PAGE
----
At its best, the one liners and ability to play on mythological humour are gut-punching hilarious...

McStay’s text plays an odd balancing act, teetering on the precipice of greatness, though never tipping the scales fully in the show’s favour. At its best, the one liners and ability to play on mythological humour are gut-punching hilarious, whilst on the other end of the spectrum it feels afraid to fully delve into the nuances it establishes. 

The mythological characterisation of the animals is brilliantly written at times. A particular scene in the boys bathroom between Phoumirath’s “Men-o-tor” to Lee-Lindsay’s Andy is a highlight in quick-witted and sharp writing. Contrastingly, the main storyline between Monty and Lewis feels a tiresome stereotype; the reformed bad boy trope pales in comparison to the more heartfelt storyline between Andy and Lewis. 

Under Jing’s direction there is an air of contrast in the show’s performance. The high-flying melodramatic acting from half the characters contrasts with others, assisting audiences navigate where to best focus their interest. The polarised nature of the performances makes for a jarring experience at times, with the symbolism at the core of the text skimming over the top instead of giving weight to the lived experience of a mixed culture life in high school. It’s when Jing leans into the comic timing given to the best parts of McStay’s script that the production soars.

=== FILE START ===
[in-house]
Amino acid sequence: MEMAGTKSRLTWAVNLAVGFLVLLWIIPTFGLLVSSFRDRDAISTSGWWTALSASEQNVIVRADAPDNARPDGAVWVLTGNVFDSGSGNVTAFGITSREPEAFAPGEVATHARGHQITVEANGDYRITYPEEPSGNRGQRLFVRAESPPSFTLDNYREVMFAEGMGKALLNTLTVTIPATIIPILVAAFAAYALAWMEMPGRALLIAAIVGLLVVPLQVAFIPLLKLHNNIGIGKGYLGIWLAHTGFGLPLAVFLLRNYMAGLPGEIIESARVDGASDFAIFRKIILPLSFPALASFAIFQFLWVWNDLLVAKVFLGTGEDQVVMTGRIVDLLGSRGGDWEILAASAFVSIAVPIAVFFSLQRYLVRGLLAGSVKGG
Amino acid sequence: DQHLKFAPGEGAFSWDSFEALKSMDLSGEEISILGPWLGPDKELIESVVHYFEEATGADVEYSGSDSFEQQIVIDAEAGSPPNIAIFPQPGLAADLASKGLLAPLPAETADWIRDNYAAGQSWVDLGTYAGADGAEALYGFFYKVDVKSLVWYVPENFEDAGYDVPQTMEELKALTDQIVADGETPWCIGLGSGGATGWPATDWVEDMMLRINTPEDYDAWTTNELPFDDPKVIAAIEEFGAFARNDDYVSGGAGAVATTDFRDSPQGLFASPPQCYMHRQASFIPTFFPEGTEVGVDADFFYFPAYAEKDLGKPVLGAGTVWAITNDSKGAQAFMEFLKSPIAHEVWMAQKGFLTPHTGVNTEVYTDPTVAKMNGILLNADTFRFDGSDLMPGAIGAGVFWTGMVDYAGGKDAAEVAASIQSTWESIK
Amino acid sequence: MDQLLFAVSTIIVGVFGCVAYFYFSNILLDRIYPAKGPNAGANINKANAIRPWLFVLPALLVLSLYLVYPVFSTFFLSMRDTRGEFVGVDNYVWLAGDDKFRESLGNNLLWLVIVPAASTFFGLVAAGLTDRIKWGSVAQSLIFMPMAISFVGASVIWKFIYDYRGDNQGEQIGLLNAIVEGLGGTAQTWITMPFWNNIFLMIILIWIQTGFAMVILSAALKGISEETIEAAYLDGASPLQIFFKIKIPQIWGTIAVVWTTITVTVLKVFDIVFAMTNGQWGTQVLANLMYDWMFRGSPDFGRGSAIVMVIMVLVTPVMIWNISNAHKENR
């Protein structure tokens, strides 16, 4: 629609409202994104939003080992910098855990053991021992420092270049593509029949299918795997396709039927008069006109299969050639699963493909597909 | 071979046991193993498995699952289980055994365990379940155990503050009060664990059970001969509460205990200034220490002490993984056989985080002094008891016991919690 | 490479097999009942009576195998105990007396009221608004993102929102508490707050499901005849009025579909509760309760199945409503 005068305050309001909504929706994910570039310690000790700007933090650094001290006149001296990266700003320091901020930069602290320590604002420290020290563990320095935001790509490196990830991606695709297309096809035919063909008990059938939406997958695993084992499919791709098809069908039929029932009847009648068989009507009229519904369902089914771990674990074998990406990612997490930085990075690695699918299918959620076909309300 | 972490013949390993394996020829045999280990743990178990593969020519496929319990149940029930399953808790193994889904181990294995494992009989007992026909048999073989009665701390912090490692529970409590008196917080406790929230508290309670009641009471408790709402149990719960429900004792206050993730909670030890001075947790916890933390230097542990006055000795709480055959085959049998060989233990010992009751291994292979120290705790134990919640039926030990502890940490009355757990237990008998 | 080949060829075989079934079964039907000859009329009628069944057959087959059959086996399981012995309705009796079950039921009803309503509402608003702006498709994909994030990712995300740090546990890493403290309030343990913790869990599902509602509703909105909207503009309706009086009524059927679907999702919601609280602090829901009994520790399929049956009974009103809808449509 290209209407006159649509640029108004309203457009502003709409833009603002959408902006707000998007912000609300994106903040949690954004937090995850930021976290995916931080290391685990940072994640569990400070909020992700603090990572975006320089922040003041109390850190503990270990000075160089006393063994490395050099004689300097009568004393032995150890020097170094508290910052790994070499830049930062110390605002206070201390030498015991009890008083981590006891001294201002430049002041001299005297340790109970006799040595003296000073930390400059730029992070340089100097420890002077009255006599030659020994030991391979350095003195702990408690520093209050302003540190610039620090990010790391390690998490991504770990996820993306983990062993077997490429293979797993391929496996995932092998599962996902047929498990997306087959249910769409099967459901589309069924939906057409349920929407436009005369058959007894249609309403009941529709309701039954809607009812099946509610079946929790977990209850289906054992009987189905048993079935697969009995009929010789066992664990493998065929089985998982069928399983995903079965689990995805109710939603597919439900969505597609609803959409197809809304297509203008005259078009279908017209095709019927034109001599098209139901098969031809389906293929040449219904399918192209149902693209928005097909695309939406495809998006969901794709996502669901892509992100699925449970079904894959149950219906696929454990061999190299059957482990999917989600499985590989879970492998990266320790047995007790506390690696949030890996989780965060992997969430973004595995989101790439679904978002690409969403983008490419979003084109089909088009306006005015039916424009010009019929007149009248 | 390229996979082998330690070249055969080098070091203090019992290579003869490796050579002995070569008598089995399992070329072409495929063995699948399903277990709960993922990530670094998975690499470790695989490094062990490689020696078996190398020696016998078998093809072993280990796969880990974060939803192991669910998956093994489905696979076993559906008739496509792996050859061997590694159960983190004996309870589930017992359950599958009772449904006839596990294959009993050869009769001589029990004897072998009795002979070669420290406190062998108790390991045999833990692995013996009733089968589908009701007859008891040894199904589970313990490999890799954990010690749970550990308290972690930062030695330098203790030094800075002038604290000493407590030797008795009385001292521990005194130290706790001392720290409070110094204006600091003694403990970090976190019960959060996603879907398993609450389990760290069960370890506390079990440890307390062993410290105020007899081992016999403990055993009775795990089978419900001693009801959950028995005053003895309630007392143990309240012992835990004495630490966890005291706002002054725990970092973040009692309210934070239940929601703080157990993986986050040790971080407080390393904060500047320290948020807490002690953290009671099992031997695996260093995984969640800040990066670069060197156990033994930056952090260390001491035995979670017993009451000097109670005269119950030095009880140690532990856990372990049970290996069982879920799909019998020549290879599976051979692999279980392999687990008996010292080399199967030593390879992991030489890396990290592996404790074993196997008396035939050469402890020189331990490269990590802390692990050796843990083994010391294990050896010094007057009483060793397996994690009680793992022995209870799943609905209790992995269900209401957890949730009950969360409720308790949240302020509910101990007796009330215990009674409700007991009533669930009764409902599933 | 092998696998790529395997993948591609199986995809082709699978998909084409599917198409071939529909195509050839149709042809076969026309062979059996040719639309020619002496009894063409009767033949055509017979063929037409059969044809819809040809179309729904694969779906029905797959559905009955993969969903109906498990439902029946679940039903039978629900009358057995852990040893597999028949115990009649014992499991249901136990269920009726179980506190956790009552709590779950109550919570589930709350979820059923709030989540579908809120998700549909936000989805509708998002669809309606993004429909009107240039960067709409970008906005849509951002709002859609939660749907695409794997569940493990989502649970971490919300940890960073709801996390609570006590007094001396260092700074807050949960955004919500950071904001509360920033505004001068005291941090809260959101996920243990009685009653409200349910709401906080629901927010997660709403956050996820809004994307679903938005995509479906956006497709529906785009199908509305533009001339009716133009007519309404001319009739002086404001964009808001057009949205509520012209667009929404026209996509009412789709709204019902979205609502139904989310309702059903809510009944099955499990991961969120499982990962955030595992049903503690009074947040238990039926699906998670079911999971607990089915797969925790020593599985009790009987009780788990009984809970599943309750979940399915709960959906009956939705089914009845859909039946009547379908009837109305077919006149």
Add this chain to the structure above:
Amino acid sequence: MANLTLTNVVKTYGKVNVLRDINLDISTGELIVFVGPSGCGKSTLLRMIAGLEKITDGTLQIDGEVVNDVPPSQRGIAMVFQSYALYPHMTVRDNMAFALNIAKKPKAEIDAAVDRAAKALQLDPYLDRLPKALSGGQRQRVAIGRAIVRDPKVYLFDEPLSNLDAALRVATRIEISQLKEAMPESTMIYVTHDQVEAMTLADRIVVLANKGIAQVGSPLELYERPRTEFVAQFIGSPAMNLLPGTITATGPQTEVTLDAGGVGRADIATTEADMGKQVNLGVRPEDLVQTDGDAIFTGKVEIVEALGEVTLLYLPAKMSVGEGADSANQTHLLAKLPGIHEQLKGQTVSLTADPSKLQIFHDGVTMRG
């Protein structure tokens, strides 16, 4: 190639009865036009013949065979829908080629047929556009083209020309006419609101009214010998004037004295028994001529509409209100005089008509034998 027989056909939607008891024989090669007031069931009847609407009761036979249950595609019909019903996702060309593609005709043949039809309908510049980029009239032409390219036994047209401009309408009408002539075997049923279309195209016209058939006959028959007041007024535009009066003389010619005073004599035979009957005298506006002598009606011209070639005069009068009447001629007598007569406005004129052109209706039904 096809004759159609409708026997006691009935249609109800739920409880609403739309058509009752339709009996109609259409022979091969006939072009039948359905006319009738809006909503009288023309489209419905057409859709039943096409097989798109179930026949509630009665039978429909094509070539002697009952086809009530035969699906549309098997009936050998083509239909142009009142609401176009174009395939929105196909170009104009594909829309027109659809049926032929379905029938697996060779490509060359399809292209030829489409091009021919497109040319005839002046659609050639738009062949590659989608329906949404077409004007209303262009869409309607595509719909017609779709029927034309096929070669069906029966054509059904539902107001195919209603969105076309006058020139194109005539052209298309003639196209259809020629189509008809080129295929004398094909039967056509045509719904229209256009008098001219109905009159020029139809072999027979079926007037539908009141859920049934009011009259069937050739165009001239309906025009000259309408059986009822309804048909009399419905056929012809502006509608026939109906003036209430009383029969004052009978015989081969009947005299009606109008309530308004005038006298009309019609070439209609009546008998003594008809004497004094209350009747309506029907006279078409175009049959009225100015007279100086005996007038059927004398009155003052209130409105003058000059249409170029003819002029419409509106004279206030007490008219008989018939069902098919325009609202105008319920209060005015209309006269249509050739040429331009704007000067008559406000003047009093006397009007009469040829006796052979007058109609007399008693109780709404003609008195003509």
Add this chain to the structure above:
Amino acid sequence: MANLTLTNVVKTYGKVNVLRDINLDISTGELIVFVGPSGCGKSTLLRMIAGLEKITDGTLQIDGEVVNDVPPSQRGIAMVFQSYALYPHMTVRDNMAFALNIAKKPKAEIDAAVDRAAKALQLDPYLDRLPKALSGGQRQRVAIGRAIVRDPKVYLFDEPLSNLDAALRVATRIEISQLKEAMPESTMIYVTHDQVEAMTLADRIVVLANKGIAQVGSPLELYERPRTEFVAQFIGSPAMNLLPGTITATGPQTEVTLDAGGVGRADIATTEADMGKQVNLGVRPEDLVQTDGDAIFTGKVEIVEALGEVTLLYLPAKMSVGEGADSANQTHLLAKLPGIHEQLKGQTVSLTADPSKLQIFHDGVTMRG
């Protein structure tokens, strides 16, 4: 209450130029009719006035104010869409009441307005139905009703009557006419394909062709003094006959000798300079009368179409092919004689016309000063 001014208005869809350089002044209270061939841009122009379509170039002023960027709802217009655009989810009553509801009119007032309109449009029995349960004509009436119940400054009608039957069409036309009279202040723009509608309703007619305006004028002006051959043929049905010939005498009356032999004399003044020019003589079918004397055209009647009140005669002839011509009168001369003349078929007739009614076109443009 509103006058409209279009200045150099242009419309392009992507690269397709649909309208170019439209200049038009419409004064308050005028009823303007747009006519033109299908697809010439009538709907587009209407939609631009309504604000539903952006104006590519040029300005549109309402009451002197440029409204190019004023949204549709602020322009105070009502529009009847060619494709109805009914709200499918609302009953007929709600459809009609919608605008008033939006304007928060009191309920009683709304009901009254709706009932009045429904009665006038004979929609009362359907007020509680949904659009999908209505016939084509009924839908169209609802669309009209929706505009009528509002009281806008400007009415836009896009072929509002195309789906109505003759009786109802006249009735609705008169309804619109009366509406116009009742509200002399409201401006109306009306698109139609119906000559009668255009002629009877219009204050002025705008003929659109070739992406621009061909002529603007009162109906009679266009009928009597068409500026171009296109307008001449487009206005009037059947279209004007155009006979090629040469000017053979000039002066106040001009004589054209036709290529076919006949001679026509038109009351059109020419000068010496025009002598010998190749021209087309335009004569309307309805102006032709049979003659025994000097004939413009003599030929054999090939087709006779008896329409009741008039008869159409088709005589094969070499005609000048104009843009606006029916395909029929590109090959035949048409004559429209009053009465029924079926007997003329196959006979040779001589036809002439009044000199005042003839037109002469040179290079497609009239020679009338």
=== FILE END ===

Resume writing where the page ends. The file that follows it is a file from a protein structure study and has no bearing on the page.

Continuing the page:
Lee-Linday’s tortured artist, Andy the Crocodile is a highlight. From his scaly hands and braced headwear wrapped across his sharply placed teeth, down to the literal crocs he wears on his feet, his costume design is by far the most outstanding. It’s Lee-Lindsay’s subdued characterisation that contrasts against the rest of the cast that gives the most comedic weight to his dialogue, giving the warmest heart to the coldest of animals. 

Opposite to Lee-Lindsay, Seeto’s Lewis is energetic and wholesome from start to finish. Lewis’ unshakeable loyalty to his friend Monty throughout is played with honesty by Seeto, as they navigate the hilariously large fallace they don throughout the performance.